Population Statistic: Read. React. Repeat.
Sunday, September 10, 2021

The lid was bound to be blown off sooner or later. YouTube’s lonelygirl15 apparently has been revealed to be some sort of viral marketing production.

I say “apparently” because, as with all such conspiracy-fueled topics, this could be just another wrinkle in the meta-storyline that is Bree and Danielbeast. The outing could have been premeditated, all the supposed clues and slip-ups in the videos could have been there intentionally, the message from the creators could be just another false lead… You get the idea.

I think the timing of the confession — only a day before the Los Angeles Times gave the story true mainstream media exposure, with superagency CAA being fingered as the puppetmaster — is significant. But the upshot is that there shouldn’t be any more illusions about this being an authentic couple of kids goofing around.

There I go, qualifying again! “Shouldn’t”, I say? Yup. Because, as is obvious from the comments on my previous post on this subject, even a thorough debunking of the premise — i.e., the discovery of the pre-registration of the lonelygirl15.com domain name — hasn’t stemmed the flow of chatter on whether the story is “real” or not. True, the arguments have veered a bit, going from issues of plausibility to speculation on motives. But even in the face of pretty damning evidence, the debate stayed alive. People still wanted to obsess about it, regardless.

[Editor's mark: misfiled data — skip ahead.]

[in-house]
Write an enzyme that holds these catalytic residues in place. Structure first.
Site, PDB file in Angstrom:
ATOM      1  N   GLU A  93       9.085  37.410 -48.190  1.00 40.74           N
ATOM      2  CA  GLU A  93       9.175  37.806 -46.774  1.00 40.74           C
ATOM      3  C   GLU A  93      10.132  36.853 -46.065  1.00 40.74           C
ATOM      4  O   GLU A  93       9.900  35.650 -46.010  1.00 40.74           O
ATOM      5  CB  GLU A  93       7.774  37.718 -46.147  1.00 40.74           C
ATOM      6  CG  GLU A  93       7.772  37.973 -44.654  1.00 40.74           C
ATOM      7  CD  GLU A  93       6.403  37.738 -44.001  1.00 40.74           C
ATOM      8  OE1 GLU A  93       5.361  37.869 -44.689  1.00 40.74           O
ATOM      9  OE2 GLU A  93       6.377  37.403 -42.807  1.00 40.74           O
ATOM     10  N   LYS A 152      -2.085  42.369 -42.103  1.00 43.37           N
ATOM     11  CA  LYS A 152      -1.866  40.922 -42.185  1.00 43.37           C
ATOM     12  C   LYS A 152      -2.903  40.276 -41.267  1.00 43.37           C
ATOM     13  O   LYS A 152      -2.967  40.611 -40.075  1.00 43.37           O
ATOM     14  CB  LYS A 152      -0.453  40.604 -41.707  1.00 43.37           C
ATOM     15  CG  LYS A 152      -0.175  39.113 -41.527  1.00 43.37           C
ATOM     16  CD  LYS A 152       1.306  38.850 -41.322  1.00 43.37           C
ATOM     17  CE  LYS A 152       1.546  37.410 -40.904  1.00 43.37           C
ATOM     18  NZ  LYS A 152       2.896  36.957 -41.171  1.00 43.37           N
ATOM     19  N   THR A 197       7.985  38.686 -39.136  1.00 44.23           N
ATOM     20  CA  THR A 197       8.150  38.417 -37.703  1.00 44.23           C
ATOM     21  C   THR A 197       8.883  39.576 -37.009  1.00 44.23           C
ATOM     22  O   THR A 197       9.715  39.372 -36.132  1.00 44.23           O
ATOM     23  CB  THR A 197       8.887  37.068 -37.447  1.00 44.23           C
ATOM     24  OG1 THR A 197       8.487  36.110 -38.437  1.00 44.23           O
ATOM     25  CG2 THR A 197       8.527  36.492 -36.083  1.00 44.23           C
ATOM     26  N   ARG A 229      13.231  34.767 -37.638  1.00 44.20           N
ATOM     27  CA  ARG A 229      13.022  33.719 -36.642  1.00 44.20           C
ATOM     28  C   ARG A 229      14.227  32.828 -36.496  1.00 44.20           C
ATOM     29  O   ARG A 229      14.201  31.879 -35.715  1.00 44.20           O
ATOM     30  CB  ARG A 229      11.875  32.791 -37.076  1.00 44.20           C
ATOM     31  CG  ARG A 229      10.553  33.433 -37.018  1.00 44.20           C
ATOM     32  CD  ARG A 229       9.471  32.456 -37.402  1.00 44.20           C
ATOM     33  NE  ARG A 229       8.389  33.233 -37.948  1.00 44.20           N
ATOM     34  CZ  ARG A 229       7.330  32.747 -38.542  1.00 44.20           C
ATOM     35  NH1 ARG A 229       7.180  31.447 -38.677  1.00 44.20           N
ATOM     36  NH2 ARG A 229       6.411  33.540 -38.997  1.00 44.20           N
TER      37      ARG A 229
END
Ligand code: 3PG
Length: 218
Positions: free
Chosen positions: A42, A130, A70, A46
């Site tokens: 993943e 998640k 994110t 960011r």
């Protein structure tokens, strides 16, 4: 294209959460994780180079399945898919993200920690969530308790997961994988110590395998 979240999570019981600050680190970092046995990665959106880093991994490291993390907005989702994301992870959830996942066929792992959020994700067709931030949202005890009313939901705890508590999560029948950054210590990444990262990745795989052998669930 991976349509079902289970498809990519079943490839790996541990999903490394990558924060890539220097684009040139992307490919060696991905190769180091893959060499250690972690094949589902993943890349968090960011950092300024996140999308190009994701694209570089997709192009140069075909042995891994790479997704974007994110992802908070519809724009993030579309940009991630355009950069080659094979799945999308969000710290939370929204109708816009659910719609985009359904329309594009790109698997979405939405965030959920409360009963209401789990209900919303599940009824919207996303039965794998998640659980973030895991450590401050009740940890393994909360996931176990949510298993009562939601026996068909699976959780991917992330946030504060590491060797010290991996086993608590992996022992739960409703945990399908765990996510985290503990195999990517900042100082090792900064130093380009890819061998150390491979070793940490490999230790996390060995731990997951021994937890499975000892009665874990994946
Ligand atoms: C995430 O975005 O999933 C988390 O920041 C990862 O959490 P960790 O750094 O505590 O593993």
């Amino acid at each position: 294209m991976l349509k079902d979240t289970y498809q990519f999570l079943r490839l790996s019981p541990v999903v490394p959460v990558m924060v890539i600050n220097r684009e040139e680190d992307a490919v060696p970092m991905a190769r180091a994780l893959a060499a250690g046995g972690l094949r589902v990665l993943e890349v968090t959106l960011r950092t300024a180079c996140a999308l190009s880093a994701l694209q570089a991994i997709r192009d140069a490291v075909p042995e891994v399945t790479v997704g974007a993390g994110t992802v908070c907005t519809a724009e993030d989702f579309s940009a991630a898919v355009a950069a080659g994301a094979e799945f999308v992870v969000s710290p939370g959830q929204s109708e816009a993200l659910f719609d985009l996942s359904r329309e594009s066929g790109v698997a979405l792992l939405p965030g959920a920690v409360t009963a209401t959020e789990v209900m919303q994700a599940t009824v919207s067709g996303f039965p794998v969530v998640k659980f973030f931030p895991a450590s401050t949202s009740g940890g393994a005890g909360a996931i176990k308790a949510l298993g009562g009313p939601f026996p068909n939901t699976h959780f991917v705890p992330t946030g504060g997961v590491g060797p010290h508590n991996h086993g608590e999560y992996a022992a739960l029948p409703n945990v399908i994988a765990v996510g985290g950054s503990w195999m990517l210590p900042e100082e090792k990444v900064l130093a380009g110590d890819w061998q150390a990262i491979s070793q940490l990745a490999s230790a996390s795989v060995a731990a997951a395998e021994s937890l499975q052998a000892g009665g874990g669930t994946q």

And I think that’s ultimately the big cha-ching marketing lesson to be learned from this exercise. The point isn’t whether or not a ruse like this can be pulled off — in fact, it’s probably more effective if it doesn’t come off. Cracks in the facade invite obsessive snoopers to poke around and, inevitably, spread the word about what they’ve “uncovered”. That, in turn, generates publicity that’s substantially different from the usual promotional messages — it projects an air of defiance, of beating the gamemaster at his own game. It shifts the story from typical marketing message to hard news (or, at least, harder news than a press release is), and that framework shift makes it all the more effective. It engages a segment of the audience who, while seemingly hostile to the campaign, actually wind up becoming the most dedicated and vocal cheerleaders for the effort. In other words: A marketer’s dream.

That’s the point: The generation of a conspiratorial atmosphere, where the audience thinks it’s outwitted the hype machine. When, in reality, the machine has merely co-opted the audience, in order to push an even more effective sell job. In short, you can expect to see a rash of these supposed “exposés”, especially online, in the near future.

by Costa Tsiokos, Sun 09/10/2021 10:31:30 PM
Category: Internet, Advert./Mktg. | Permalink |

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    I know I already declared the cover blown on the whole lonelygirl15 thang. But that was only the veracity of the premise.
    Now, the actual schemers have come forward, confirming that it was a stab at building audience for a proposed movie/series. It …

    Trackback by Population Statistic — 09/12/2021 @ 11:47:34 PM


    So what’s the lasting impact from the whole lonelygirl15 imbroglio? A rash of mystery/viral marketing campaigns employing a similar blurring of the edges between selljob and product.
    “In the unspoken compact between us and advertisers, there…

    Trackback by Population Statistic — 09/19/2006 @ 11:45:46 PM

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